Domestic Violence Awareness Month (1)

Recently, a few black women activists and myself, decided to start a local black feminist group. It’s an opportunity to talk about issues affecting black women in our city, as well as nationally.

This month our discussion was in honor of Domestic Violence Awareness Month. 

“Evolved from the first Day of Unity observed in October, 1981 by the National Coalition Against Domestic Violence. The intent was to connect battered women’s advocates across the nation who were working to end violence against women and their children.” http://www.ncadv.org/takeaction/DomesticViolenceAwarenessMonth.php

We talked about an article I read in the newspaper, where the black male author did a lot of victim blaming. In “For Once, Let’s Have A Real Discussion About Domestic Violence” by Devin Robinson, Robinson wrote a convoluted article stating why it was okay for men to retaliate against women.

“Here’s the thing. Just like blacks spend so much time proving we are not racist that we make it easier for the racist to be racist, women spend a lot of time unconsciously proving they are not equal (with the wrong rhetoric) that it makes it easier for the chauvinists to be chauvinists. But I get it. In this country of “who has less are automatic victims” it also holds true in the world of domestic violence; who loses the battle is the victim, forgetting that we are in the middle of a bigger war of mankind.”

Wait…what?

One of the attendees at our meeting does work around domestic violence (DV) and black women. We talked about the implications of this article and about the accepted (and encouraged violence) against black women in/outside of the black community.  It’s alarming when people try to make the argument that it’s okay for men to hit women if they’ve been “emasculated,” as black women already have high rates of violence used against them.

“Compared to a black male, a black female is far more likely to be killed by her spouse, an
intimate acquaintance, or a family member than by a stranger. Where the relationship could be determined, 94 percent of black females killed by males in single victim/single offender incidents knew their killers (415 out of 443). Nearly 15 times as many black females were murdered by a male they knew (415 victims) than were killed by male strangers (28 victims) in single victim/single offender incidents in 2011. Of black victims who knew their offenders, 52 percent (216 out of 415) were wives, common-law wives, ex-wives, or girlfriends of the offenders. Ninety-three percent (459 out of 492) of the homicides of black females were intra-racial.” When Men Murder Women: An Analysis of 2011 Homicide Data

We also discussed the stereotypes about black women and the limited lens people tend to view us through. This also becomes a justification to be abusive towards us. If black women weren’t “loud,” combative,” “smart-mouthed,” we wouldn’t find ourselves in these situations. Even if a black woman does have those traits, it is most likely due to having to navigate an Imperialist White Supremacist Capitalist Patriarchy.  Majority of black women have caught on that they live in a society that doesn’t give a damn about them. They know they only have themselves to rely on.

Domestic violence is a heinous act that needs to be eliminated in the black community. While it’s good that we march for black men murdered by police, we also need to march for black women murdered in their own homes.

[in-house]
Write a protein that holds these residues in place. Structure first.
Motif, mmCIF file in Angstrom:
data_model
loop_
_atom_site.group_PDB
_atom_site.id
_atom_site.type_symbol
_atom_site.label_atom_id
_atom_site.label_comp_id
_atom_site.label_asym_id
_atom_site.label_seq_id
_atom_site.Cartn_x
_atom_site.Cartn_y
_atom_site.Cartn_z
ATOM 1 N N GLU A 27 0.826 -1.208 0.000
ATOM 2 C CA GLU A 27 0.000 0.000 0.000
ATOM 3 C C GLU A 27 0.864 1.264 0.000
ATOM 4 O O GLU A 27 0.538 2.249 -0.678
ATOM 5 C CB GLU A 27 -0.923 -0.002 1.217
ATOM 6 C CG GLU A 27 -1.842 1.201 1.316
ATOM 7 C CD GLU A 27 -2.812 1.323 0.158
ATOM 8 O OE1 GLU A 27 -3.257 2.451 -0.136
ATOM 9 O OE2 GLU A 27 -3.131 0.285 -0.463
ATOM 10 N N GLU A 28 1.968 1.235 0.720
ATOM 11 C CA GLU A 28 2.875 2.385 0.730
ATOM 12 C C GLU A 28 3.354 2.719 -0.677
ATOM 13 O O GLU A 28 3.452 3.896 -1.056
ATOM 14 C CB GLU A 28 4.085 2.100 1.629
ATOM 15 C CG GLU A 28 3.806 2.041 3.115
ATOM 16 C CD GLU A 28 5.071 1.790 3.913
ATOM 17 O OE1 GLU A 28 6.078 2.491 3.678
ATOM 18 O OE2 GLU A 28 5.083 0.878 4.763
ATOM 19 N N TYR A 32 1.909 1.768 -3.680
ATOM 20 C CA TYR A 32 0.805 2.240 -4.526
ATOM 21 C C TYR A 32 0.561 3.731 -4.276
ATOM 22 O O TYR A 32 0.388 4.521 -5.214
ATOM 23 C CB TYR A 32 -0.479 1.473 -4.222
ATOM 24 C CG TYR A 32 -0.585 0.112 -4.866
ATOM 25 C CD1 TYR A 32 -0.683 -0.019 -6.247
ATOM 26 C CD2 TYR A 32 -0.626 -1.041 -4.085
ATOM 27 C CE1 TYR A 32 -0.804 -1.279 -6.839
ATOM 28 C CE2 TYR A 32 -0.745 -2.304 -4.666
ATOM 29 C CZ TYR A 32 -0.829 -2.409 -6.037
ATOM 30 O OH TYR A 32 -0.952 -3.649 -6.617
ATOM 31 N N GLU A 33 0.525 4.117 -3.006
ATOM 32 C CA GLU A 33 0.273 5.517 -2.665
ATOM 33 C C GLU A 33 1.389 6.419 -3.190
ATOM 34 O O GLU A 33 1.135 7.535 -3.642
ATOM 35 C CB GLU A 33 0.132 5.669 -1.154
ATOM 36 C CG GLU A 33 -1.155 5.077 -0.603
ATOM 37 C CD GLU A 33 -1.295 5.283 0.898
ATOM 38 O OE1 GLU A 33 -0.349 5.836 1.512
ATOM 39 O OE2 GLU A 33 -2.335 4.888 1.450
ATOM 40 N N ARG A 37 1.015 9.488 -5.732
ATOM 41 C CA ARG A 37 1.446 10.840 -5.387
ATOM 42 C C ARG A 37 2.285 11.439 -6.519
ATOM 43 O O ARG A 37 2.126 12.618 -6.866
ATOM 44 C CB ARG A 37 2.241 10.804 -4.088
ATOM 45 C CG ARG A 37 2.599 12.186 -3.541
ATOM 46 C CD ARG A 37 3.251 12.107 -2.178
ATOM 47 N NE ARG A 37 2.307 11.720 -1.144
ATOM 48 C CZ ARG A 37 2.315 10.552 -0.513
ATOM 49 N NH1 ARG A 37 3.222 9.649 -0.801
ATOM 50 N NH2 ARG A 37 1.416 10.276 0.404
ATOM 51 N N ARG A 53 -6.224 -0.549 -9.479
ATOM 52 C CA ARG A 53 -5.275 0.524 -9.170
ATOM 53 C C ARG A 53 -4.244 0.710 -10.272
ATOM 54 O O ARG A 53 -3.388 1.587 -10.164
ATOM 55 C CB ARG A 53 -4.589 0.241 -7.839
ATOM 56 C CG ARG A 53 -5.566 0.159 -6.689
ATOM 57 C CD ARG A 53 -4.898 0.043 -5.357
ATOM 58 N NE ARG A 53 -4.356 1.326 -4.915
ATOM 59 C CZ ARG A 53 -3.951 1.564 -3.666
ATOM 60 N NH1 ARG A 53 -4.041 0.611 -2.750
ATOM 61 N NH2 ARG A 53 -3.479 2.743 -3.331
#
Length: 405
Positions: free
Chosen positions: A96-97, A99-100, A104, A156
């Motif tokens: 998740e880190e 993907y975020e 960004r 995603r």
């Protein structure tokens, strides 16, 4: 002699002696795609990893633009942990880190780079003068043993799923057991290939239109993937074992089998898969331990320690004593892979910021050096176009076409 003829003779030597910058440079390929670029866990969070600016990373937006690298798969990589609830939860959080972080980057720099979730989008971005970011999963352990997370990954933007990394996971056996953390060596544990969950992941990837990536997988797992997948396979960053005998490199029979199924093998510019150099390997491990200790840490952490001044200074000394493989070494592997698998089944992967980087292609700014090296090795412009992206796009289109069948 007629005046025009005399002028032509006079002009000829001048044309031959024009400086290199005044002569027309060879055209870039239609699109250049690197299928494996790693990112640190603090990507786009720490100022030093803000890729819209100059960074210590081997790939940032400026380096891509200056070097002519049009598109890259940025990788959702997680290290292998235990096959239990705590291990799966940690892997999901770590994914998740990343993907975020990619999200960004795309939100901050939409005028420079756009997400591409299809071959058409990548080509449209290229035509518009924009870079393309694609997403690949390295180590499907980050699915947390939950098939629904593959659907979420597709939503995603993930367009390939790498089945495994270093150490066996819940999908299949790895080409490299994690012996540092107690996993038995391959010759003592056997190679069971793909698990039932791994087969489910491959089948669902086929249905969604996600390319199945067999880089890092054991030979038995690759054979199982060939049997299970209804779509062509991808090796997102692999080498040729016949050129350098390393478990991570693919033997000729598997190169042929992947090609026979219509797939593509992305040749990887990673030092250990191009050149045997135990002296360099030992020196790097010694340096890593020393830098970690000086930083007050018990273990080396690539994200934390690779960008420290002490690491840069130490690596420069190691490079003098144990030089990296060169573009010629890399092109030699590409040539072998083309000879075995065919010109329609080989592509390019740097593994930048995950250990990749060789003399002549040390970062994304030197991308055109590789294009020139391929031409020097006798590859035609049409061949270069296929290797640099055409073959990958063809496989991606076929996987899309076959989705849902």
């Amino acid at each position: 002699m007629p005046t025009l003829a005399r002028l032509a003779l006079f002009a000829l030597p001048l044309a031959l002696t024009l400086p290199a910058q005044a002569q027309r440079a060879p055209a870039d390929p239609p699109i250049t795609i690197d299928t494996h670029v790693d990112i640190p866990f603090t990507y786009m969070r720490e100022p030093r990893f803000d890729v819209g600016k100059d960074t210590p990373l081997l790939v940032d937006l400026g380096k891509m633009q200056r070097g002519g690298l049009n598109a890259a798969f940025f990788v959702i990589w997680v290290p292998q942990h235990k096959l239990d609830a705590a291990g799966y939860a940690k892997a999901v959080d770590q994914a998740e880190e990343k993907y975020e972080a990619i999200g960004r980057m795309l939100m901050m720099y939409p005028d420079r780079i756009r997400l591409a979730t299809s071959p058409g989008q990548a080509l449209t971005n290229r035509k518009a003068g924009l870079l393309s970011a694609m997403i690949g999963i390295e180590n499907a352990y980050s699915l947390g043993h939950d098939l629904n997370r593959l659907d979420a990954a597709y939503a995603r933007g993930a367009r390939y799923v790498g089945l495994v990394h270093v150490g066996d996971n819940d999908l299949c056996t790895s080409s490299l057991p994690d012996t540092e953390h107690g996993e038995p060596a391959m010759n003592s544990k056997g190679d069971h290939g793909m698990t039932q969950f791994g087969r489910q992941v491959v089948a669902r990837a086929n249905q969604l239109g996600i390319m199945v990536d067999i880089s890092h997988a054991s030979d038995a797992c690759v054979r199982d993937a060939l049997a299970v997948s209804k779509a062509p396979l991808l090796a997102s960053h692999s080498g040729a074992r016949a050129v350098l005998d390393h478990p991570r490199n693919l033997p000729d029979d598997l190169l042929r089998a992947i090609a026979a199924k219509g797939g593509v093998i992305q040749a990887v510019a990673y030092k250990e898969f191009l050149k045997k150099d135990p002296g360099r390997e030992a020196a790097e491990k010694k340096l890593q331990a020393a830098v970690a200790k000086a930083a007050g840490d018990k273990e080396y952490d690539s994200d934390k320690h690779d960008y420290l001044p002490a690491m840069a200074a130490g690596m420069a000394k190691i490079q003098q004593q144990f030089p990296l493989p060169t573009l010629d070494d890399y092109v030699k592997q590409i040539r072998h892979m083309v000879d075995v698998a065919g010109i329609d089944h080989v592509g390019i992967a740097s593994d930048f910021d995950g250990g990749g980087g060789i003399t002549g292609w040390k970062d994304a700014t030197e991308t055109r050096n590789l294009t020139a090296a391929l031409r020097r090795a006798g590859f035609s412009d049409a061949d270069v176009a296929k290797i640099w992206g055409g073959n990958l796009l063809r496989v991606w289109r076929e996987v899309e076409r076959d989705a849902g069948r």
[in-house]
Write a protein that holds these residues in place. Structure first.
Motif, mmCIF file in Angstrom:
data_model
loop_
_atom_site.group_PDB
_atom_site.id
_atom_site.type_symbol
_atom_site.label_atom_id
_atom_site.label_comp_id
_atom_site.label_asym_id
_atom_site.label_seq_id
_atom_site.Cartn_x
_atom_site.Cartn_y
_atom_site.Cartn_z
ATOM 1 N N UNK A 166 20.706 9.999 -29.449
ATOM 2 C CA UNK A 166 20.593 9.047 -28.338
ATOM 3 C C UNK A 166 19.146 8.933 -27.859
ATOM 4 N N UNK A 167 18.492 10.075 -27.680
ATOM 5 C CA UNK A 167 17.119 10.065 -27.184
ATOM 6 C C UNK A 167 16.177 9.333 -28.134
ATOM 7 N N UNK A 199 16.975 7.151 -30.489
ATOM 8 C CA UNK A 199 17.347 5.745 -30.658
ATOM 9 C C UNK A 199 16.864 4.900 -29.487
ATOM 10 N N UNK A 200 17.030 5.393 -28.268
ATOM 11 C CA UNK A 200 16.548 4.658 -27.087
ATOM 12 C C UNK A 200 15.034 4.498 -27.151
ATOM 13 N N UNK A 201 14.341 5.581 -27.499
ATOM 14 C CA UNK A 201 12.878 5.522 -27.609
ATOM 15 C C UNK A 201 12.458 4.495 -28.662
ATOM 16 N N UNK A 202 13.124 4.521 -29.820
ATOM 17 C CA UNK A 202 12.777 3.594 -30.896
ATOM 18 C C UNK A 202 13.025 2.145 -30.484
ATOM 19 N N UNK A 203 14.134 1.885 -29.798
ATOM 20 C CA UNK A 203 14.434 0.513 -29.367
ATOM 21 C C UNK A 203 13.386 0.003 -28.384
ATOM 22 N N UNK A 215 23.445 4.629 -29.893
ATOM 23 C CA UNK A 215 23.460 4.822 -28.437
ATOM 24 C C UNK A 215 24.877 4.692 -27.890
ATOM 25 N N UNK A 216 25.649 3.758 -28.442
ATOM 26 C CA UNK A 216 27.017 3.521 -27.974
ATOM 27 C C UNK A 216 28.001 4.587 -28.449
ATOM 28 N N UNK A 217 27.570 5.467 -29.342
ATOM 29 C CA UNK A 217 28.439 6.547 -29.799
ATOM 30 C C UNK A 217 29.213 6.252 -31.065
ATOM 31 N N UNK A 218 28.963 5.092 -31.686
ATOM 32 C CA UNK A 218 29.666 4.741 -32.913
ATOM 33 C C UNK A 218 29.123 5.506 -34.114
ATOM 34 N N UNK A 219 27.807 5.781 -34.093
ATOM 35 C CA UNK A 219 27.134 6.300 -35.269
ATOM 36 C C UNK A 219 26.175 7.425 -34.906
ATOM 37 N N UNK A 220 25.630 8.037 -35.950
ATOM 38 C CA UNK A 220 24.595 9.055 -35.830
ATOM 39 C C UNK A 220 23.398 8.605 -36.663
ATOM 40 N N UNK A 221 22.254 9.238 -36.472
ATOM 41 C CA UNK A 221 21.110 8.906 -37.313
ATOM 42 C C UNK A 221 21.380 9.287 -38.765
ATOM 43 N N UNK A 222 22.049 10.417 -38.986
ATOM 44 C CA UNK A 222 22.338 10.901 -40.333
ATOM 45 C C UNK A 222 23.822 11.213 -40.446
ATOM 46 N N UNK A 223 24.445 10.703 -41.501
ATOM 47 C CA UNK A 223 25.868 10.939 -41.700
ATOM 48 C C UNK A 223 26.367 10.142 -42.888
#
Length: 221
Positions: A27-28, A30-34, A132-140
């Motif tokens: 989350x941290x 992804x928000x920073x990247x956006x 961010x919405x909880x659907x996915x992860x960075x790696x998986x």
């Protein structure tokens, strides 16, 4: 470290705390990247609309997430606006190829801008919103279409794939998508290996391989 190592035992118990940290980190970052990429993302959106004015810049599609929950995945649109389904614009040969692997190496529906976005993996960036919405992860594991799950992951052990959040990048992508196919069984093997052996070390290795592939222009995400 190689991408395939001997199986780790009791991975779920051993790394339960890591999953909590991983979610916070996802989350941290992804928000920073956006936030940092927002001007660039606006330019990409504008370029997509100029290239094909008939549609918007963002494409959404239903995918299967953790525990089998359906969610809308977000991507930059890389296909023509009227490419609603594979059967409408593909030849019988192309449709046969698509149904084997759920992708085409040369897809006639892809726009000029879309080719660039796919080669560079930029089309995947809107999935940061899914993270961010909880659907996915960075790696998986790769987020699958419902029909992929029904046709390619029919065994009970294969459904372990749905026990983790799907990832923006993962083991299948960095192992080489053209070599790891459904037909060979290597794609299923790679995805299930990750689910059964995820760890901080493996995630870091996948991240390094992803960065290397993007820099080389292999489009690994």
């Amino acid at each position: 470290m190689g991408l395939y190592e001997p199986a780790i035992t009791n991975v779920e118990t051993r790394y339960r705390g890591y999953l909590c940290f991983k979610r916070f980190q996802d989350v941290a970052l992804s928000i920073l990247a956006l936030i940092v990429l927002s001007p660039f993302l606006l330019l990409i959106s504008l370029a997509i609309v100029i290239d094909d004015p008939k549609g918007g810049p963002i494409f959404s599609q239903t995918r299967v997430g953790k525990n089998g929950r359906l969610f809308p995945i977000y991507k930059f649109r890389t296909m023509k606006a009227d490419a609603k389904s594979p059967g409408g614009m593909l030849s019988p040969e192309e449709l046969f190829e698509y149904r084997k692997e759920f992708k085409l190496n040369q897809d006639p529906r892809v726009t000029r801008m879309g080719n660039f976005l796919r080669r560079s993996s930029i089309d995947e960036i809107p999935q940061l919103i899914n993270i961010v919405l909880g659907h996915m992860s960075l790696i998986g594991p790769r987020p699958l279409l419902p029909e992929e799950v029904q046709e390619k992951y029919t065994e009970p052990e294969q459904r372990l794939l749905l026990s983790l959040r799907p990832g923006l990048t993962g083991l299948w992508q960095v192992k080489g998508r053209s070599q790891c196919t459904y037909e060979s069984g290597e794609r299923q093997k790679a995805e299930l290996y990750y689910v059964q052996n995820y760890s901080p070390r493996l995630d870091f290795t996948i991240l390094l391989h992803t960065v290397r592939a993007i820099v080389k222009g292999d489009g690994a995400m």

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Photo from: http://www.jetmag.com/

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bell hooks

March is Women’s History Month. I’ve been trying to think how I could honor this month. Since this blog focuses on black feminism as a tool to resist oppression, I thought it would be proper to show love to a woman who helped revolutionize black feminism. That woman is the author bell hooks:

“bell hooks, is an American social activist, feminist and author. She was born on September 25, 1952. bell hooks is the nom de plume for Gloria Jean Watkins. bell hooks examines the multiple networks that connect gender, race, and class. She examines systematic oppression with the goal of a liberatory politics. She also writes on the topics of mass media, art, and history. bell hooks is a prolific writer, having composed a plethora of articles for mainstream and scholarly publications.”  http://www.egs.edu/library/bell-hooks/biography/

I first learned about bell hooks in college (which is way too late if ya ask me). I took a course all about bell hooks. We read her books and discussed them in class. The thing I love about bell hooks is that she keeps it real. As a poster responded to an interview with hooks,“she gives it to you straight, no chaser.” This can be off-putting to folks, especially folks who have bought into what bell hooks calls Imperialist White Supremacist Capitalist Patriarchy. She is going to hurt your feelings. Rip out your heart, really. But it’s only because she wants you to think deeper about the world around you. Too many folks believe racism, sexism, classism, homophobia, etc., that it’s “just the way it is.” These oppressions have been normalized in our society. However, we must resist this conditioning. Someone shouldn’t be viewed as more valuable just because of the whiteness/lightness of their skin, because they are male, rich, etc. We all deserve to live our lives with respect and dignity.  That is all bell hooks is saying.

So much love to her this month and every month. I also like to give  honor to other pioneer black women feminists: Sojourner Truth,Fannie Lou Hamer, Alice Walker, Michele Wallace, Audre Lorde, and Patricia Hill CollinsOf course, this list  could go on forever!!

Happy Women’s History Month 🙂